In 1984, Douglas Fregin and Mike Lazaridis, recently graduated from their respective universities, started a computer science and technology consulting company called Research In Motion (RIM). For many years they did not make a huge impact nor did they see much success until they formulated an idea that would set the bar for all smartphones, as we know them today. They came up with the idea to develop an “easy, secure, and effective device that allowed works to send and receive e-mails while away from the office. They called it BlackBerry.”(Silcoff, 2013)
The intuitive design and systems put in place by BlackBerry would make theirs the most coveted and prominent mobile device in circulation being used by all from executives to Hollywood celebrities. The brand and devices put out by BlackBerry where virtually untouchable for many years until Android and Apple came in and changed the game.(Silcoff, 2013)
Today, the once powerhouse tech company is blowing through all of its recourses and trying to compensate for its horrible sale margins. Recently, their stocks dropped lower than they have been in over 15 years ($6), and BlackBerry is doing everything it can to stay in business. Just within the last five years BlackBerry has lost around 75 billion dollars in market value, and last September the company reported a 965 million dollar second quarter loss. The massive loss in that particular quarter was because they pushed a phone they thought would be successful, the BlackBerry Z10, and they manufactured far to many units that ended up just sitting in warehouses. They are currently laying off forty percent of their workforce in a desperate bid to keep their company afloat. They have recently put out phones that go back to what made them so popular to begin with, but at this point they are not producing or selling enough to come even close to bringing the corporation back into the black or breaking even on their quarterly cash flow balance.(Gillette, 2014)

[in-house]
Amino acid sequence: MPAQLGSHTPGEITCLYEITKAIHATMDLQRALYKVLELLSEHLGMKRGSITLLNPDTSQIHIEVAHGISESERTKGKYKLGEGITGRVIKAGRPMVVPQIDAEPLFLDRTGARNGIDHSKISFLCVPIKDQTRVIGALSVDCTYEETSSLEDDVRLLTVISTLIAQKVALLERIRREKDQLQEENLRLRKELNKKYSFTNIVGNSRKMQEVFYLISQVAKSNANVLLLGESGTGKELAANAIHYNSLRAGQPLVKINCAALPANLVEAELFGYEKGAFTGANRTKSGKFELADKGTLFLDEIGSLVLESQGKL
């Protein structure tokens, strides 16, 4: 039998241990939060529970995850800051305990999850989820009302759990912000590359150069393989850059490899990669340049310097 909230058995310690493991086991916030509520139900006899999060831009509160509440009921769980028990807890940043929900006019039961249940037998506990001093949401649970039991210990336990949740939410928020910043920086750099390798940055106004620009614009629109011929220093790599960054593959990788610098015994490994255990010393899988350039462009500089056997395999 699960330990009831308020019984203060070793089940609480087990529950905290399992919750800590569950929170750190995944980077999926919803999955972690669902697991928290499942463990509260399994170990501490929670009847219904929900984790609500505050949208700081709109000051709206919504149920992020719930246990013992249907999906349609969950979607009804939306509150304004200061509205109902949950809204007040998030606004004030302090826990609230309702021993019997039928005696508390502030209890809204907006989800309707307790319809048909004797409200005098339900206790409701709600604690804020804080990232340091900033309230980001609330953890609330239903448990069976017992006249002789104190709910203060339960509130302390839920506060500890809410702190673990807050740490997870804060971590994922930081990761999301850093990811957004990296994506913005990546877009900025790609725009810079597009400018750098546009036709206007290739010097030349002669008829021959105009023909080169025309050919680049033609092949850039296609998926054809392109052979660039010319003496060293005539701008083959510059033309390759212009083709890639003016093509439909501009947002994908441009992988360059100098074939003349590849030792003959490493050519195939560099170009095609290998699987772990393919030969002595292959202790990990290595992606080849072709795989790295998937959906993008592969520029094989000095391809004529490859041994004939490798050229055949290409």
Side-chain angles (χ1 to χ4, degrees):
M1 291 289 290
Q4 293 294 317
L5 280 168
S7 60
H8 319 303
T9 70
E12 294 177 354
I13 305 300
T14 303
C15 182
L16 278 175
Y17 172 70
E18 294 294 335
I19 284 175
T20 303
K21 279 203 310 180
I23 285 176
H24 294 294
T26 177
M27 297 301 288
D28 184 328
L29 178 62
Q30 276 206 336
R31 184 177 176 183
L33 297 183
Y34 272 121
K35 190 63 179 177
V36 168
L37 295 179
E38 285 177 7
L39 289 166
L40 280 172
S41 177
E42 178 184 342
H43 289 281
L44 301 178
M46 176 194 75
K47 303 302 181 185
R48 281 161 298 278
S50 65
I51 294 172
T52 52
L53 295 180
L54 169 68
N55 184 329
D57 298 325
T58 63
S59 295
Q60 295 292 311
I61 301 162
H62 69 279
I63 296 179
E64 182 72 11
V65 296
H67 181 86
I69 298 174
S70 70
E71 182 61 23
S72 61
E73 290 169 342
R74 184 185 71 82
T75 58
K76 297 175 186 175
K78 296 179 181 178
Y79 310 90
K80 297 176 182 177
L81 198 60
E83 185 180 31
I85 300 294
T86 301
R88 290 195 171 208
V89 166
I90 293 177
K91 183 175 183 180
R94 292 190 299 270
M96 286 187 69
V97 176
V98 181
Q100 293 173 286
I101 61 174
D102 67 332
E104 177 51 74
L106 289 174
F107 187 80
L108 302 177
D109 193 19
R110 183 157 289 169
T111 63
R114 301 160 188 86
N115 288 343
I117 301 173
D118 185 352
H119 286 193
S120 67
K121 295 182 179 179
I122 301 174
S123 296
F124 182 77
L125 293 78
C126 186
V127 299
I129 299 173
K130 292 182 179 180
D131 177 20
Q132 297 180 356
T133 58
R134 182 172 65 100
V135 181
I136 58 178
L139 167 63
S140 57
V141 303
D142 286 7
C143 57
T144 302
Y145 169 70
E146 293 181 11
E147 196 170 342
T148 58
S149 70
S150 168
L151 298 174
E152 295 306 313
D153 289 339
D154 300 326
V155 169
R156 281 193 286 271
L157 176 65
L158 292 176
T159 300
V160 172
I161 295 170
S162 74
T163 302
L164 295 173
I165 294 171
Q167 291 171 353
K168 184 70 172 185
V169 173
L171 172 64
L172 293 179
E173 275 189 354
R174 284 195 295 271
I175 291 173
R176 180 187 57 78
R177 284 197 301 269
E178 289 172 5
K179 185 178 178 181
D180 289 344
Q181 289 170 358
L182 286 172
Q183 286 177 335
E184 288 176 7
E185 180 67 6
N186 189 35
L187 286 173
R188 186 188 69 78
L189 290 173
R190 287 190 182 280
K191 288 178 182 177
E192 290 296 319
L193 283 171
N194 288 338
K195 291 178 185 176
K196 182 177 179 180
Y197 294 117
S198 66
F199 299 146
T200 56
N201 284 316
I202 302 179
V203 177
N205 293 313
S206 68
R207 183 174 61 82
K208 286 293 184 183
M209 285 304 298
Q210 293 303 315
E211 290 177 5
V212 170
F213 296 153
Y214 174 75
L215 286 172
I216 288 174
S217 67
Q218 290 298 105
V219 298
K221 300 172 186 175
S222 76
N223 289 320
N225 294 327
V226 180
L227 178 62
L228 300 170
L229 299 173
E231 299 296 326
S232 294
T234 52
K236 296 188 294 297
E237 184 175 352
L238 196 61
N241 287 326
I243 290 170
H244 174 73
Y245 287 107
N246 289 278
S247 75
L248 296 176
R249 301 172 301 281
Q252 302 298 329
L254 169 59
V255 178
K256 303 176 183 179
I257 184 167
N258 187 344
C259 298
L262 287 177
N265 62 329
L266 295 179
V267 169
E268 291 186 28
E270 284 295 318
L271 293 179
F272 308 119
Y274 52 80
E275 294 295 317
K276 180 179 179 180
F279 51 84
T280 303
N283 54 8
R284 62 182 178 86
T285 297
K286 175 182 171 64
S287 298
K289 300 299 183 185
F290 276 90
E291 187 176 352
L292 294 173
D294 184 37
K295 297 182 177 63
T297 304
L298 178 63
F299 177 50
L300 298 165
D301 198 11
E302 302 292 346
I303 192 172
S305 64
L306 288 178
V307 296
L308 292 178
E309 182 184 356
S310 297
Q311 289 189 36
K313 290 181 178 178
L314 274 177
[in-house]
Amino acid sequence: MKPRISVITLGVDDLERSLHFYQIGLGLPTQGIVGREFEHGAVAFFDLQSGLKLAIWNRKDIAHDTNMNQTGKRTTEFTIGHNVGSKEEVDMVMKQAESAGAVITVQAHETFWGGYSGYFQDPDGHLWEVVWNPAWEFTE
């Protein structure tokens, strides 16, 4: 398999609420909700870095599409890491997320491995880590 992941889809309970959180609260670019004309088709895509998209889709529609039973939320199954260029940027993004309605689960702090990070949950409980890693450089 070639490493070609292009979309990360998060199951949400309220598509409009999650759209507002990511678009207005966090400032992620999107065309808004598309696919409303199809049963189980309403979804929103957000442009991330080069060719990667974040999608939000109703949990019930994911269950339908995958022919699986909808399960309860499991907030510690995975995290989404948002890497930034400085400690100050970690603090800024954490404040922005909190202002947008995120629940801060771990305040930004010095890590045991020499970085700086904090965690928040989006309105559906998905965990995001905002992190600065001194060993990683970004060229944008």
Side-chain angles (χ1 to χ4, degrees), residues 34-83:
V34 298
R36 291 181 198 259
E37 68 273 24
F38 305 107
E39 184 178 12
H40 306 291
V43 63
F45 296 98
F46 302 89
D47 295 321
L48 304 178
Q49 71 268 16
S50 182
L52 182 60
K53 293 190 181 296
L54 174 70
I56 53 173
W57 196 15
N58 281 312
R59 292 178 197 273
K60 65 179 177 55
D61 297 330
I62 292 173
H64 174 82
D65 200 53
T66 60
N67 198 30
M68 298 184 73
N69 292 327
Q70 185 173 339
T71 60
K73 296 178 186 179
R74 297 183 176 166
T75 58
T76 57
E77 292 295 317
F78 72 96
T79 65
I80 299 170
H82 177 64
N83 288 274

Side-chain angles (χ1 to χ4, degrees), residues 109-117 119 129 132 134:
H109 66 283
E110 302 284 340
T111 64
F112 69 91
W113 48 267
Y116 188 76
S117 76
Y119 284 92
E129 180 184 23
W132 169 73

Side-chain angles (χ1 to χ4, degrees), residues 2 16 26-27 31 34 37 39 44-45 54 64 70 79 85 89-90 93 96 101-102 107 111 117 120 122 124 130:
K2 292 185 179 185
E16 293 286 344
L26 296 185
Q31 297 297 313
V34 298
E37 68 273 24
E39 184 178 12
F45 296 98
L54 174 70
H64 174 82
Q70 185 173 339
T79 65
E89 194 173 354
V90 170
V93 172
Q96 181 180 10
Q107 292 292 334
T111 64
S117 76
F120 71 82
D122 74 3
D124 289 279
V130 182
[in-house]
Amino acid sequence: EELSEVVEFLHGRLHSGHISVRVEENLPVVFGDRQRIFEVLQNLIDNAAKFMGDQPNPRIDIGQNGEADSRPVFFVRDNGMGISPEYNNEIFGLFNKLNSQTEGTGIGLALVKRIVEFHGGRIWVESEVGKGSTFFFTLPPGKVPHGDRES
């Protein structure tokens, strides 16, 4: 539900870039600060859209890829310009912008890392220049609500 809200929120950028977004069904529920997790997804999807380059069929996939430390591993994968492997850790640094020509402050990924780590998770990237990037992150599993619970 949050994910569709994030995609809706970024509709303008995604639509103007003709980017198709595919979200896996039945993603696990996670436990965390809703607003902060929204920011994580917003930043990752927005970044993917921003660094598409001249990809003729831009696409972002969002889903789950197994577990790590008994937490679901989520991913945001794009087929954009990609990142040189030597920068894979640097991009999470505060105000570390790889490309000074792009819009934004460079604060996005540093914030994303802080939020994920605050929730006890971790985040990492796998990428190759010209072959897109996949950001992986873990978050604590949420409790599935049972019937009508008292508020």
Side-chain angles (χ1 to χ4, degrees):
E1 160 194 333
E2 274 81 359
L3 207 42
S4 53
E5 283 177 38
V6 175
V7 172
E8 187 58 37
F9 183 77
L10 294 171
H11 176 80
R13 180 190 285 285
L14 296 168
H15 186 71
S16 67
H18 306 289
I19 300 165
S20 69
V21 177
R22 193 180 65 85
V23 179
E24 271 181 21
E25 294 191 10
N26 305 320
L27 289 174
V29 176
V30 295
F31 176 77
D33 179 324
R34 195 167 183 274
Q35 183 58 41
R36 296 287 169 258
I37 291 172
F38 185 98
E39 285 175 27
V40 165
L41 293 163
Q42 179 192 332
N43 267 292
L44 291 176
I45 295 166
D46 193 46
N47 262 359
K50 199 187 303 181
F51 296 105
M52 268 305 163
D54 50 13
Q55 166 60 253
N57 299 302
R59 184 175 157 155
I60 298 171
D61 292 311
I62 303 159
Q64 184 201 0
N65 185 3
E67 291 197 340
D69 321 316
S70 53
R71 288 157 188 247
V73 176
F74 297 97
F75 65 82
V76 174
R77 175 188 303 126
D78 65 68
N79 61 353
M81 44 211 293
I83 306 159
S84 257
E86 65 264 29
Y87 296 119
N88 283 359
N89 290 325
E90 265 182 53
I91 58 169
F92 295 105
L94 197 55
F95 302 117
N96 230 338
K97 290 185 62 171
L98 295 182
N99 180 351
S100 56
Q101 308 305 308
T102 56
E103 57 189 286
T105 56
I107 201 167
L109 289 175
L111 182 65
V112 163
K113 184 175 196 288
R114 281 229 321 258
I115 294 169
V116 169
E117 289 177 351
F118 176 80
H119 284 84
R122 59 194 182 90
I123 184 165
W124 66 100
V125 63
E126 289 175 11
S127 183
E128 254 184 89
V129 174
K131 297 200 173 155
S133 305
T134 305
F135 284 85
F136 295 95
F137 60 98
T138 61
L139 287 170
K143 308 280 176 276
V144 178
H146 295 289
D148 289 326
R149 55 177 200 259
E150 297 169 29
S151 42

Fewer consumers are buying their phones, so they are producing fewer units, carrying far less inventory, downsizing their operation and moving into different areas of technology. Recent numbers of the Z10 popularity show that they failed in trying to compete in the same arena as Android and Apple, but the numbers for the devices that made them unique to begin with are anemic as well, so the only option is to start branching out or radically improving to get back to what made them great to begin with.
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This article was written about the new advancements and other ventures by BlackBerry that are not the actually mobile units. This website really gets into the specifics of a software called BBM that has the potential to span all types of devices and could bring huge profit to the company once again.
Cheng, Roger. “BlackBerry’s next BBM update: It’s all about the money – CNET.” CNET. N.p., 25 Mar. 2014. Web. 21 Apr. 2014 <http://www.cnet.com/news/blackberrys-bbm-update-its-all-about-the-money/>.
This article gives a brief history of BlackBerry, and it gives a fairly detailed current status on the company. This is followed by several pages of executives and workers in or recently in BlackBerry answering questions about its downfall.
Gillette, Felix, Diane Brady, and Caroline Winter. “The Rise and Fall of BlackBerry: An Oral History.” Bloomberg Business Week. Bloomberg, 5 Dec. 2013. Web. 21 Apr. 2014. <http://www.businessweek.com/articles/2013-12-05/the-rise-and-fall-of-blackberry-an-oral-history>.
This website is an extremely detailed account of what happened with blackberry. It is nearly exhaustive from history, timeline, testimonials, numbers and current status.
Silcoff, Sean . “How BlackBerry blew it: The inside story.” The Globe and Mail. N.p., 27 Sept. 2013. Web. 21 Apr. 2014. <http://www.theglobeandmail.com/report-on-business/the-inside-story-of-why-blackberry-is-failing/article14563602/?page=all>.
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